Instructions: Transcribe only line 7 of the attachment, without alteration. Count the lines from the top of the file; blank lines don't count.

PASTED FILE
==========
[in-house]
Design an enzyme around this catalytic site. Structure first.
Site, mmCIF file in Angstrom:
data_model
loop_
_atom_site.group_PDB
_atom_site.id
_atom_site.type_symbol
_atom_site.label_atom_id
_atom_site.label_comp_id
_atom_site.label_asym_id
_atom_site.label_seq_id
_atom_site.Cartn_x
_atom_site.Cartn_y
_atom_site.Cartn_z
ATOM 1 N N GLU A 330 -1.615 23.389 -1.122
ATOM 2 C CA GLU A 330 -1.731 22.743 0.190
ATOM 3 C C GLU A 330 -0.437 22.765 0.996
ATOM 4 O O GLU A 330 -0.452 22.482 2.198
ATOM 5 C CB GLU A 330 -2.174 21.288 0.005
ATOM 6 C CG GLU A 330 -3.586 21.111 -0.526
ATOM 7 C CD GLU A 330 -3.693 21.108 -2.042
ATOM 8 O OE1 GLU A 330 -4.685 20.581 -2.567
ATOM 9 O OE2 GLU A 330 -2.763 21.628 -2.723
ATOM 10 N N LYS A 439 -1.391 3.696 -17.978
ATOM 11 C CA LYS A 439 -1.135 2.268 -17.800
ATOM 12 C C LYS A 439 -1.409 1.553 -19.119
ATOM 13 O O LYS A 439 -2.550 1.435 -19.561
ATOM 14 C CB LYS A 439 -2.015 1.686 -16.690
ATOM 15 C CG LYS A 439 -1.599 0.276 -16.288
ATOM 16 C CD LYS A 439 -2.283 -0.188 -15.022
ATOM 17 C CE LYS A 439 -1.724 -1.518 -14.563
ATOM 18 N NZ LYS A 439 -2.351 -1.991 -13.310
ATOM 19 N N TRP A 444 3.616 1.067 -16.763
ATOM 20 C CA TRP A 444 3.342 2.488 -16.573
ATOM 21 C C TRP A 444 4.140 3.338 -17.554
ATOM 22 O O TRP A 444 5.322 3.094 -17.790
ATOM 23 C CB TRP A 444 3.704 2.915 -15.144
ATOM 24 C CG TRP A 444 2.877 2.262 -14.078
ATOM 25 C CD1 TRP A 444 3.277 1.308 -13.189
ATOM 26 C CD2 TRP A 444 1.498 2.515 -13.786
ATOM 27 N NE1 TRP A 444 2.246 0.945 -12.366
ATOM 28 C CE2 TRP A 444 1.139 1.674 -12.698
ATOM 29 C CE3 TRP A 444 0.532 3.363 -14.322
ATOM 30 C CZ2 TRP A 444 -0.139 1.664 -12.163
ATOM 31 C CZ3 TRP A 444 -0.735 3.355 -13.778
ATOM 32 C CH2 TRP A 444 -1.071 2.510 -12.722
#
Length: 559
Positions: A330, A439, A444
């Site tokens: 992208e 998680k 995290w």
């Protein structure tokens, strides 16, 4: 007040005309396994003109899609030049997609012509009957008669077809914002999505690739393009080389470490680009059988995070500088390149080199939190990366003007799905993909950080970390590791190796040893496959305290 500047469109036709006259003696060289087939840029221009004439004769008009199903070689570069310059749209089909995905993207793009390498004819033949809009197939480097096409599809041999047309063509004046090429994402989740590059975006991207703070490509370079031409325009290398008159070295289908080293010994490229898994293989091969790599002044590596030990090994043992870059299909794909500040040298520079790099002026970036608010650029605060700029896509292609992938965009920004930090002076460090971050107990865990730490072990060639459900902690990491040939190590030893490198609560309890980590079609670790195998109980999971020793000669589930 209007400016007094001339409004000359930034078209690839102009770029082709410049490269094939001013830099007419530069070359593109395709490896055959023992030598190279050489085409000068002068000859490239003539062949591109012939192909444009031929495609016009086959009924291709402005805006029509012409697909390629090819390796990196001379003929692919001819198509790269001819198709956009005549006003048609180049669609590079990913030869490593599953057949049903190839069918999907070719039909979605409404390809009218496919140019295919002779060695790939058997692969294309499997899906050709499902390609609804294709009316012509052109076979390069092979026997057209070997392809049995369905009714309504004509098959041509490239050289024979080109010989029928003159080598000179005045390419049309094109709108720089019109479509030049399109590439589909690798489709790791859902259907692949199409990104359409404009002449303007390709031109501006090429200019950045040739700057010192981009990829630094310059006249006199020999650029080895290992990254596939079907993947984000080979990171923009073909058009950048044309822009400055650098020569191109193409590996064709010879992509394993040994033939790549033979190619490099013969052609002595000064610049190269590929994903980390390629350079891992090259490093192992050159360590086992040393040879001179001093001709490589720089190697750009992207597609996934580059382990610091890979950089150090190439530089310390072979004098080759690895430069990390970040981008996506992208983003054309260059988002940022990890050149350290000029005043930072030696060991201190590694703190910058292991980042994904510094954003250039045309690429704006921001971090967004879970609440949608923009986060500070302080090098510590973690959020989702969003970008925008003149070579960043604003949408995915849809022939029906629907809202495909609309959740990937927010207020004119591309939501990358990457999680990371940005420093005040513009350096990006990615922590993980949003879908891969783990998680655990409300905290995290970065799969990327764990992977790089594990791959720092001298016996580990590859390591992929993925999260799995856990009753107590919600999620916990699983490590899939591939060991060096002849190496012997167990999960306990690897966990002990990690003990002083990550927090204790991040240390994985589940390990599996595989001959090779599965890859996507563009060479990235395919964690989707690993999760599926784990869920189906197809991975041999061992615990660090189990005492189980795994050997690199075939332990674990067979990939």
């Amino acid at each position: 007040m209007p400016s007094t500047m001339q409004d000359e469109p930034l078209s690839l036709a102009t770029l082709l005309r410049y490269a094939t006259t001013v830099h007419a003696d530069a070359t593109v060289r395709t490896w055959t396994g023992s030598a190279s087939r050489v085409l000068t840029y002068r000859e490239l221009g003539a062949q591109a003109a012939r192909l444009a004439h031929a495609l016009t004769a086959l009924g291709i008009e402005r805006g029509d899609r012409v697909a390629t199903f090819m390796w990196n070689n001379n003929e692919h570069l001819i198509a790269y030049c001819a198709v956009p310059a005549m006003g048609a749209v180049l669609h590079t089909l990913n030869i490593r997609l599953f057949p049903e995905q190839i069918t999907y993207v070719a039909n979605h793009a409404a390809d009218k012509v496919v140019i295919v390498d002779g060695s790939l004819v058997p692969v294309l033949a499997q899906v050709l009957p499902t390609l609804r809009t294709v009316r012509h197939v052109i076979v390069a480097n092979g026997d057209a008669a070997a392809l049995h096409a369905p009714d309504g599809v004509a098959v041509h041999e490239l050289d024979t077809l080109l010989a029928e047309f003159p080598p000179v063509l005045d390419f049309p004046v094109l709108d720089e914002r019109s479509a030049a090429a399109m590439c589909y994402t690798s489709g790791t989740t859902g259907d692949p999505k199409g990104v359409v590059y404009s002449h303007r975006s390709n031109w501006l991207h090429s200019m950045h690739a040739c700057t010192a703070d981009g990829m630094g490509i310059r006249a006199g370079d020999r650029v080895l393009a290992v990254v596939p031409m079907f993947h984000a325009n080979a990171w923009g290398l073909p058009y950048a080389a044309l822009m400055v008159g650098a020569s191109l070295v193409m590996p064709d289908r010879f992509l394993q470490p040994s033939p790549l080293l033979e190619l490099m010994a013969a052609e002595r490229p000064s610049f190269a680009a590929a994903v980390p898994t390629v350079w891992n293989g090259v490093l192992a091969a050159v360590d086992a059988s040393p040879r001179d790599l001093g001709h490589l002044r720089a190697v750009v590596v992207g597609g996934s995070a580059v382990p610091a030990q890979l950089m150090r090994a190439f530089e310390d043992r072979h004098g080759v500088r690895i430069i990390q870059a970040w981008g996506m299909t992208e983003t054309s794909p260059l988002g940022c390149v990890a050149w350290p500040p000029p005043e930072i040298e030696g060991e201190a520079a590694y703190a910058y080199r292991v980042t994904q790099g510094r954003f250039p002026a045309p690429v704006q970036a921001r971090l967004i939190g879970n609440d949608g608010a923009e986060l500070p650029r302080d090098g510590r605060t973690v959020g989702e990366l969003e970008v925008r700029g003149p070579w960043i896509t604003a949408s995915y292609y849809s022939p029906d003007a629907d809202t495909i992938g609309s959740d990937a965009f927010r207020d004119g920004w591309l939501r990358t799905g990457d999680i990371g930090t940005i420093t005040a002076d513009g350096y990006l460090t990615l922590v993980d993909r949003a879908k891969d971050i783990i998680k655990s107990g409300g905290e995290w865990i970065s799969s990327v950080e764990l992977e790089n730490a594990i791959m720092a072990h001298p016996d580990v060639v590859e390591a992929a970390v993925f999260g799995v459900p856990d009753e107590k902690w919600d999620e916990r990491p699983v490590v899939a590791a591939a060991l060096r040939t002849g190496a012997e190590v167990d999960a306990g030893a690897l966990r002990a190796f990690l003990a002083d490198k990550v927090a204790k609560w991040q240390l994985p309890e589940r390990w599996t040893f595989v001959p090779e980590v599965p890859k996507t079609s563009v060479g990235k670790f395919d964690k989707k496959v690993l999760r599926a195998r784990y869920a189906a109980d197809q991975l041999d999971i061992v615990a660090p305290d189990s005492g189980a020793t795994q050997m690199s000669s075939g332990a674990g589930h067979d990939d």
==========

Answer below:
_atom_site.id